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Some Safety Rules We Most Commonly Break!

Distracted driving has been estimated to contribute to an average of 25%-50% of road accidents.How many times have you told someone that you are a safe driver? How many times have you heard someone say “I have been driving for years”? But the reality is that you may not be the expert you think you are.

As simple as driving can be, the real issue here is adhering to the rules and regulations of the road. Here are some common safety rules that are broken almost by all!

Skipping traffic lights

How many of us increase our speed when we see the traffic signal light changing from green to yellow in an attempt to beat it before it turns red? This is something almost everyone does on a regular basis without realising that this is wrong.

The whole purpose of the traffic lights, especially amber/yellow is to give you and the person behind you a heads up to slow down when it turns yellow as opposed to stepping on the accelerator.

When you race instead of braking and slowing down, there is scope for all kinds of accidents - from hitting pedestrians who have started crossing the road or ramming into other vehicles in a rush to cross the signal. Please avoid this mistake and ensure that your actions will not endanger anyone in your surroundings.

Using a traffic circle

 

Driving on a traffic circle or roundtana as we call them in India, is not as complicated as drivers make it out to be.

Yet this is where a lot of honking and unpleasantries are exchanged.

The most important thing here is to be patient and to give way to cars approaching from the right. Another important safety rule which most forget, is to use the indicator lights in your vehicle to notify other drivers and to keep them informed as to which direction you are going and what action you are about to take.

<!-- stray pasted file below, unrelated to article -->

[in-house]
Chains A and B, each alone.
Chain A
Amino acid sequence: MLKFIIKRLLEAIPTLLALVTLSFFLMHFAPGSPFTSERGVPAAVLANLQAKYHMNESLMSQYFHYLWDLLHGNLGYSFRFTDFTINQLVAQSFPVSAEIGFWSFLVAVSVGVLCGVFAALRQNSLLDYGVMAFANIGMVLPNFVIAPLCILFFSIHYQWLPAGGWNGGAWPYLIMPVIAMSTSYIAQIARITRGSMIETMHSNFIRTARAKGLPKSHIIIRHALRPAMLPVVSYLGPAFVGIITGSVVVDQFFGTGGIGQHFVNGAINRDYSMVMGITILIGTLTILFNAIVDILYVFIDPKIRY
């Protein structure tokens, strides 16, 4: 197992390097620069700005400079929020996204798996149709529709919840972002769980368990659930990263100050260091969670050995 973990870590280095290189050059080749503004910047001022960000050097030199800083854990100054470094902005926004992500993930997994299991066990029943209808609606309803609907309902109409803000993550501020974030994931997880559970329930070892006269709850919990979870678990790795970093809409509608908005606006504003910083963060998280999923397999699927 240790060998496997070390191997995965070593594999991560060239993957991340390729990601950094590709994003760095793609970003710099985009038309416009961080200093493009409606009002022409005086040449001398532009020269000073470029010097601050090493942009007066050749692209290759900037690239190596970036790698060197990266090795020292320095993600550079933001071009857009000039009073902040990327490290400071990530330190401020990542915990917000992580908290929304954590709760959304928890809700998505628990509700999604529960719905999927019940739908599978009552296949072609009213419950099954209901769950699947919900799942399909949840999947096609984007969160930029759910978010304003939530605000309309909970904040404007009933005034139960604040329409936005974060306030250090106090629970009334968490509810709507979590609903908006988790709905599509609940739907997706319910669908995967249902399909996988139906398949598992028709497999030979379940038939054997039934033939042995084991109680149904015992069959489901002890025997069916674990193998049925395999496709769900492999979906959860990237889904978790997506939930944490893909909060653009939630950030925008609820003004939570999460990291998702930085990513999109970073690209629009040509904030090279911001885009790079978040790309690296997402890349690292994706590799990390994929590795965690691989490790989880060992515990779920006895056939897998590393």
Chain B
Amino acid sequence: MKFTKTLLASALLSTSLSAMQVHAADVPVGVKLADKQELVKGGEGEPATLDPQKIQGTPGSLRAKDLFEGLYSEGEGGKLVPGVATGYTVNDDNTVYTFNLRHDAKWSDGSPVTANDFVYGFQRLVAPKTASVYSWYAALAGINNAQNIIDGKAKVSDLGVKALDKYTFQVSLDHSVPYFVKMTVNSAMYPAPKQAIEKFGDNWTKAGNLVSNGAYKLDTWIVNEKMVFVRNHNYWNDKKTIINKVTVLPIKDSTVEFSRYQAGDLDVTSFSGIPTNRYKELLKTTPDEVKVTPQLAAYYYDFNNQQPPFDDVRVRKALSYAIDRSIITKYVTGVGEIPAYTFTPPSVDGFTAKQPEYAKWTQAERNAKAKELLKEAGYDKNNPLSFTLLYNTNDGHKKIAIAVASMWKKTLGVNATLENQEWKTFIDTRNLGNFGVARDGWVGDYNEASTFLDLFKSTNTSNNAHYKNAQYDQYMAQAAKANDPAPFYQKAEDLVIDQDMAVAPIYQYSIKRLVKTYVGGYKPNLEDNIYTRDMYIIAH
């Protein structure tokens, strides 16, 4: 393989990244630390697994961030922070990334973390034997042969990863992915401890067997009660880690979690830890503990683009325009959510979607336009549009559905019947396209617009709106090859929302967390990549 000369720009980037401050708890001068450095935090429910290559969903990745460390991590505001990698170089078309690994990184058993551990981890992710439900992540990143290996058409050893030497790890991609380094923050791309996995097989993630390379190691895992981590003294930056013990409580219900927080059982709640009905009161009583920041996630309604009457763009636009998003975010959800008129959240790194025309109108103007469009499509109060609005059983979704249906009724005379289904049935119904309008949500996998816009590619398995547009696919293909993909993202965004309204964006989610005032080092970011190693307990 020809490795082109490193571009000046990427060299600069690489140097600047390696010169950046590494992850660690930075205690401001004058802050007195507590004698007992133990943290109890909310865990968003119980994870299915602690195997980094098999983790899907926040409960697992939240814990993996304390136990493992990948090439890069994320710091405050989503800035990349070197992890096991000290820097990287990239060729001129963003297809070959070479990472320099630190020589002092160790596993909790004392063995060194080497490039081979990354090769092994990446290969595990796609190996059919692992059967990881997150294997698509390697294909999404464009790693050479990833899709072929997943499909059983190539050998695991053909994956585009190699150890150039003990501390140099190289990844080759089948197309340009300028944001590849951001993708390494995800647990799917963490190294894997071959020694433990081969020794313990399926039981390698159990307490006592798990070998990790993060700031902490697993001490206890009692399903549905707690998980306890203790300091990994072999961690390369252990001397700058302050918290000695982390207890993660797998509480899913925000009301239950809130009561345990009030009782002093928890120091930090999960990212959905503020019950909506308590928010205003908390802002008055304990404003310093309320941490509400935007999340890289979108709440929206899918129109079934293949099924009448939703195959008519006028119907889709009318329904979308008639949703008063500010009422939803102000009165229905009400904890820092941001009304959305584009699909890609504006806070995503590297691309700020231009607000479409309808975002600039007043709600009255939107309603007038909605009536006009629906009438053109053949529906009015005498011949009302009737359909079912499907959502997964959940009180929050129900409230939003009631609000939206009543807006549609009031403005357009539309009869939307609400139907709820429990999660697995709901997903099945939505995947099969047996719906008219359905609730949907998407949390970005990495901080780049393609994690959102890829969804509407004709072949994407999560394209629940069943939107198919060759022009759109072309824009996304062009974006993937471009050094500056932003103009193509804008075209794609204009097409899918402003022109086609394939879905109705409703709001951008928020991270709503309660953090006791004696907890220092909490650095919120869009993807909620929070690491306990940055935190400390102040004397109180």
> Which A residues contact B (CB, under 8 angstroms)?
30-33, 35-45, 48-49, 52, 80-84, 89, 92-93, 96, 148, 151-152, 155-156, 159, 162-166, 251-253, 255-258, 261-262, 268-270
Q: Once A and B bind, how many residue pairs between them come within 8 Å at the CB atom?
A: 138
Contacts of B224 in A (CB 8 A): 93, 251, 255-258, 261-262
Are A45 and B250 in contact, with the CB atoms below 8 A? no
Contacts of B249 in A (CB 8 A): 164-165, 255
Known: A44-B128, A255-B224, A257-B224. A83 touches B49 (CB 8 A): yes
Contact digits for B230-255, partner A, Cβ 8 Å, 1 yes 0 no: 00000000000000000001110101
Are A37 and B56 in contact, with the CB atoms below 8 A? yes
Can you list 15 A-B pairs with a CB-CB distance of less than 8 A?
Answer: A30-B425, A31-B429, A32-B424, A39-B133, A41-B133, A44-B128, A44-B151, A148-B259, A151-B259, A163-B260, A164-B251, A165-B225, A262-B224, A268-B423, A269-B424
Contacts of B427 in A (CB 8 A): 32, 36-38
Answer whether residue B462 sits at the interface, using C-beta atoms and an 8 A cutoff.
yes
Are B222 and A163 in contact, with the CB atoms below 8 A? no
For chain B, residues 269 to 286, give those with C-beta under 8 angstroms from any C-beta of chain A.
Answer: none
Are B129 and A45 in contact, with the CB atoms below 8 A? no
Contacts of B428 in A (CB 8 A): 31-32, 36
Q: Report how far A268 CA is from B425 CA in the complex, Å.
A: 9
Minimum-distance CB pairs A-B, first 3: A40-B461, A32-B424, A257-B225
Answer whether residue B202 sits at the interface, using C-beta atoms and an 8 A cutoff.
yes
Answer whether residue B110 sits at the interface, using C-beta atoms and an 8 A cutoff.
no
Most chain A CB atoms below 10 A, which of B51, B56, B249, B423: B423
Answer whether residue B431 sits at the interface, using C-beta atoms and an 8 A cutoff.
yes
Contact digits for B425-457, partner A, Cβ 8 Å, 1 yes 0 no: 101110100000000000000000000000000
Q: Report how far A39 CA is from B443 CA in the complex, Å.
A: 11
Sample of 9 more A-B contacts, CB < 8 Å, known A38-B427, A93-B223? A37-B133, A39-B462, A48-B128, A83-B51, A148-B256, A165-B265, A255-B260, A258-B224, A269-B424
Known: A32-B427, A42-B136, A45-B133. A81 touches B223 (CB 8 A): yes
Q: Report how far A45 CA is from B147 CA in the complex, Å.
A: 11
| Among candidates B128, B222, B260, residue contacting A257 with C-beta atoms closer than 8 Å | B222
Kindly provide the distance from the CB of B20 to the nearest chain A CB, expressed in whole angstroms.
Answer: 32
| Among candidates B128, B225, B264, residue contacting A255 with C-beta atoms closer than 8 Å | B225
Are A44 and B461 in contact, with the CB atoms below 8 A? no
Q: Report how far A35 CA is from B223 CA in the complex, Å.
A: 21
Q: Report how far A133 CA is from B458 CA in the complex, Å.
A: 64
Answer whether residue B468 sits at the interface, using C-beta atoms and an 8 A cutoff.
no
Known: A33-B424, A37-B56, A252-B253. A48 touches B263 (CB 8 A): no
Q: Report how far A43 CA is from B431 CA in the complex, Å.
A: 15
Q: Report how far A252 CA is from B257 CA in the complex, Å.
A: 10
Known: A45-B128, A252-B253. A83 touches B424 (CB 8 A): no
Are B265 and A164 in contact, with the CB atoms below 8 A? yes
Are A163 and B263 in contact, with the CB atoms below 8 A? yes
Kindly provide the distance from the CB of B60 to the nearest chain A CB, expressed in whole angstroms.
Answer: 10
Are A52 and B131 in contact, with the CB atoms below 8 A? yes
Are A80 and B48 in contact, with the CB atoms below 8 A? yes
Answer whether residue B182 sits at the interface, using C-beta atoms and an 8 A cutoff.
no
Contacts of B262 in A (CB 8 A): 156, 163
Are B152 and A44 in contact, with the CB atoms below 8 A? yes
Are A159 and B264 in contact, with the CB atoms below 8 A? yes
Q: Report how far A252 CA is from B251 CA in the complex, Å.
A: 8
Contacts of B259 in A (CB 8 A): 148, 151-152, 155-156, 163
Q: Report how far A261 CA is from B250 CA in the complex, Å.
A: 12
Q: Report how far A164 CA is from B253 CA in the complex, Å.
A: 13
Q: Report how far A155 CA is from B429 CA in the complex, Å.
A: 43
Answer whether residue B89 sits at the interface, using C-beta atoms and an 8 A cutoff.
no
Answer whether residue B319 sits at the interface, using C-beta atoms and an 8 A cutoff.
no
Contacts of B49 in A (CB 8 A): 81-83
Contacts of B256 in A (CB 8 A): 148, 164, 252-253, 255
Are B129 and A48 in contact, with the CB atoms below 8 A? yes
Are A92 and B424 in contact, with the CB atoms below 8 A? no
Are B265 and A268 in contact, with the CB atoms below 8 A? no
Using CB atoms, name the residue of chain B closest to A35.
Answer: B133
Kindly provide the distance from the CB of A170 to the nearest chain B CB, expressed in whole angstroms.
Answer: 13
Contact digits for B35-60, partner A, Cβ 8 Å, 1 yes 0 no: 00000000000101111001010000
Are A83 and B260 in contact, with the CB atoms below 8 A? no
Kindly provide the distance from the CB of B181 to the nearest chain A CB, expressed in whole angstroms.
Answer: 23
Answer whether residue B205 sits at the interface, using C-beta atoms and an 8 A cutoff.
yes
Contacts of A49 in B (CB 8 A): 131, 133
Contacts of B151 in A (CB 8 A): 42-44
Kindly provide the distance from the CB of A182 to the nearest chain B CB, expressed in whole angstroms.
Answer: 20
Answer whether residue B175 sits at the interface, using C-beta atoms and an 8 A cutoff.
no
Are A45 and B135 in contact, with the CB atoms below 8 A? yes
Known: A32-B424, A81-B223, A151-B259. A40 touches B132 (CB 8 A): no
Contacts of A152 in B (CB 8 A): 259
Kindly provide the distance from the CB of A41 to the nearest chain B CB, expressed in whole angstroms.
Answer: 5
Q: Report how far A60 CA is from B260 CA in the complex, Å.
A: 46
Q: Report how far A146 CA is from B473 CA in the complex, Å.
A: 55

Doing this will definitely help keep each other and the road a safer place.

Giving way to pedestrians.

Most drivers think they always have the upper hand on the road and that pedestrians can see them while coming and hence they need to wait, but this is not the case all the time.

Some things to keep in mind, when turning at an intersection, drivers should give way to pedestrians crossing the road, whether there is a traffic light or not. A rule that needs to be followed at all times is to always be on the lookout for pedestrians when driving in residential areas. Remember to stop at pedestrian crossings and stop signs to allow pedestrians to cross safely without having any hassle or worries. It is important to realise that most pedestrians have no real sense of the speed at which you’re travelling towards them and may sometimes misjudge and walk across. It best to be alert and slow down in anticipation when you spot a pedestrian crossing the road ahead of you.

Using Cell Phones